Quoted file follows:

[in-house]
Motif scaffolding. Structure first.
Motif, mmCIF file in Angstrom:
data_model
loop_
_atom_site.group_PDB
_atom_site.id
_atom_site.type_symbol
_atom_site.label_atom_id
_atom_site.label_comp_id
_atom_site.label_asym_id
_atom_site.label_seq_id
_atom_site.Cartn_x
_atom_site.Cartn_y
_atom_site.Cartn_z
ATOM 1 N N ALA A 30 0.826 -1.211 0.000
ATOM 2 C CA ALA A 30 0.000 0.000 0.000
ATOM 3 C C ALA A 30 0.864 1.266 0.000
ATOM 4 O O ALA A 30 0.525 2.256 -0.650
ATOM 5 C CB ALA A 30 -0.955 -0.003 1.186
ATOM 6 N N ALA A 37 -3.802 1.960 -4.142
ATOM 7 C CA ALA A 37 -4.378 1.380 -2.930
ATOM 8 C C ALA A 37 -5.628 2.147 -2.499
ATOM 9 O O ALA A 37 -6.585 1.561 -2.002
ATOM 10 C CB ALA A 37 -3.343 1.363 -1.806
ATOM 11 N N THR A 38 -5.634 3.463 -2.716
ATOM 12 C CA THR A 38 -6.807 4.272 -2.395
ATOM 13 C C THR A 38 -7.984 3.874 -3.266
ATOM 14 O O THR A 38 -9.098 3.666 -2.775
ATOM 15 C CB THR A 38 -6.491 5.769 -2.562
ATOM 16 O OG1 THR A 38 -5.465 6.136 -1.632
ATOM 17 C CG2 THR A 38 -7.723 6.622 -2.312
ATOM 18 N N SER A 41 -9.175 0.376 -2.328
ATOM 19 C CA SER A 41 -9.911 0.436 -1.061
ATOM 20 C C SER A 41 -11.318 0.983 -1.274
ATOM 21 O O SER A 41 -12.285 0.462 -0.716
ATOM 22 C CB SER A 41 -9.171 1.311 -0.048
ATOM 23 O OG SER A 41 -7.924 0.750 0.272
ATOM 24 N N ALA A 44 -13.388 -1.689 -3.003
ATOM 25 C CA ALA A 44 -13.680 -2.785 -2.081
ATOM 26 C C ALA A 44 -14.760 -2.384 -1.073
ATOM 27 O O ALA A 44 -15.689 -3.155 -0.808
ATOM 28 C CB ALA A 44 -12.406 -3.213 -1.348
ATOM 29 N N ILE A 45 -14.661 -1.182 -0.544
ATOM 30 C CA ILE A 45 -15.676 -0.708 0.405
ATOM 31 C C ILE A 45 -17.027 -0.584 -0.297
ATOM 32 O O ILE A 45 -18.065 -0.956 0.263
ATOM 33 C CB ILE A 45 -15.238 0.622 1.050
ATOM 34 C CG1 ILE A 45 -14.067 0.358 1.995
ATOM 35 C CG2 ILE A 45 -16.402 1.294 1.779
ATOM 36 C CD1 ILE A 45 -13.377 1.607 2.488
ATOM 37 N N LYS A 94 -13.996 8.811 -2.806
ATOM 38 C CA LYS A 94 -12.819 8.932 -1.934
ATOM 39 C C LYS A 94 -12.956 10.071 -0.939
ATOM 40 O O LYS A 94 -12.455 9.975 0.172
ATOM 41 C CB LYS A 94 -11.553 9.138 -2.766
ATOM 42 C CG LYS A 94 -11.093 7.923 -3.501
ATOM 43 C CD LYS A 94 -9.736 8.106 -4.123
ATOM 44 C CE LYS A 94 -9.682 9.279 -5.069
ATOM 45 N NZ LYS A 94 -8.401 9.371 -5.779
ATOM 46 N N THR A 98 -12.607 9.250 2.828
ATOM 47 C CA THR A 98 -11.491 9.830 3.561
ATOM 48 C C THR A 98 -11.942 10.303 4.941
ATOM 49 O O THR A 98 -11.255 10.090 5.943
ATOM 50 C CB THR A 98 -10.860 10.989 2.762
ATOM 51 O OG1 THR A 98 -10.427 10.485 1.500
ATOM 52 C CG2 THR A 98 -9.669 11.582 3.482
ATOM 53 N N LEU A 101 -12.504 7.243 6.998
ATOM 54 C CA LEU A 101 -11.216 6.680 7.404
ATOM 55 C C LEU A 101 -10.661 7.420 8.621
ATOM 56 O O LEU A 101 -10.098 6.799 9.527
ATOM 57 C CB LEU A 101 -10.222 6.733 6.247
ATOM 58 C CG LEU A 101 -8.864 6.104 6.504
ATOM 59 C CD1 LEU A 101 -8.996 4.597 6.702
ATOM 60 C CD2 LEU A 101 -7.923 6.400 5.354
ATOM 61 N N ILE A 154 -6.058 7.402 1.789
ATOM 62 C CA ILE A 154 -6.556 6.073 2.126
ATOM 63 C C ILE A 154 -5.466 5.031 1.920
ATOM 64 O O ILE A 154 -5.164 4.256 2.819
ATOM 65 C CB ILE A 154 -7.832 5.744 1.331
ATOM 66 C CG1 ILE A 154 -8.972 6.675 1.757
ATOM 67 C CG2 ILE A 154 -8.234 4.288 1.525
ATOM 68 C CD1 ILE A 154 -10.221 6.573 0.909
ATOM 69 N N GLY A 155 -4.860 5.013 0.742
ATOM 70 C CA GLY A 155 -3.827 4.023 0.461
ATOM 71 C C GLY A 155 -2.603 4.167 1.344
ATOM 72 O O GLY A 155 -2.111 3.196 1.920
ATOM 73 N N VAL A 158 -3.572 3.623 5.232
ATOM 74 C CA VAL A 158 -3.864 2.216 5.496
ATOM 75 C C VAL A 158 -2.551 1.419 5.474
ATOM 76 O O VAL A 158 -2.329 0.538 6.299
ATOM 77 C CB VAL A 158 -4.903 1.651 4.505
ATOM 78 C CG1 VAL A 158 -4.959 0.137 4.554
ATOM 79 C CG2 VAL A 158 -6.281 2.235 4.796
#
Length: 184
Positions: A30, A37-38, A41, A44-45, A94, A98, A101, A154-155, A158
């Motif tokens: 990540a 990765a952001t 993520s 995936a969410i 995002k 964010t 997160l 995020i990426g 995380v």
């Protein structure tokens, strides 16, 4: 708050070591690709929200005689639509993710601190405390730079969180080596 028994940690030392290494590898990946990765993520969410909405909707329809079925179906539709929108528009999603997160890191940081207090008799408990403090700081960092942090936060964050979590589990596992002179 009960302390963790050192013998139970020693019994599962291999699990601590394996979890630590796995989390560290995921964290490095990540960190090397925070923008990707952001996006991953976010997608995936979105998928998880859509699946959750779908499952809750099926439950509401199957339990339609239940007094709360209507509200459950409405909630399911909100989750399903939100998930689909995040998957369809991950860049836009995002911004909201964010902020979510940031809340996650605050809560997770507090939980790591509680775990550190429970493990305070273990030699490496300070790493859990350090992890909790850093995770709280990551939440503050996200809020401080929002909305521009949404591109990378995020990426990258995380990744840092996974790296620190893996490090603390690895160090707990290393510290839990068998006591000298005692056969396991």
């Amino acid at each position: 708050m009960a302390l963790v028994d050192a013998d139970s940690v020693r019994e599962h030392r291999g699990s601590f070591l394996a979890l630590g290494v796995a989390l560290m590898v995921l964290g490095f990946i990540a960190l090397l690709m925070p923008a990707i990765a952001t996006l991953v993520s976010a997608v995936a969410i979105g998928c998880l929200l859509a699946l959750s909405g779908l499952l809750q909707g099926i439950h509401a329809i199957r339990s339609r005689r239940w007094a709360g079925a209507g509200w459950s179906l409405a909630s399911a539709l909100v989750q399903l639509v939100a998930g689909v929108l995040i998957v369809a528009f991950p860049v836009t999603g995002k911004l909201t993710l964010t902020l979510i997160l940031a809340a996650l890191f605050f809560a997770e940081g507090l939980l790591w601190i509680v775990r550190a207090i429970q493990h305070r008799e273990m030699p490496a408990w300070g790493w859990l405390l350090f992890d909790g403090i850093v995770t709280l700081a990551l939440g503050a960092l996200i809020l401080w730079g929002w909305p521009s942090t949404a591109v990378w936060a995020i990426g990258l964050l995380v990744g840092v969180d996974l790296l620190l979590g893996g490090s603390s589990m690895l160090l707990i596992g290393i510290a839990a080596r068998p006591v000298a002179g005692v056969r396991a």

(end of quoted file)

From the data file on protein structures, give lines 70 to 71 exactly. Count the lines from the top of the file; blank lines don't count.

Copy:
ATOM 55 C C LEU A 101 -10.661 7.420 8.621
ATOM 56 O O LEU A 101 -10.098 6.799 9.527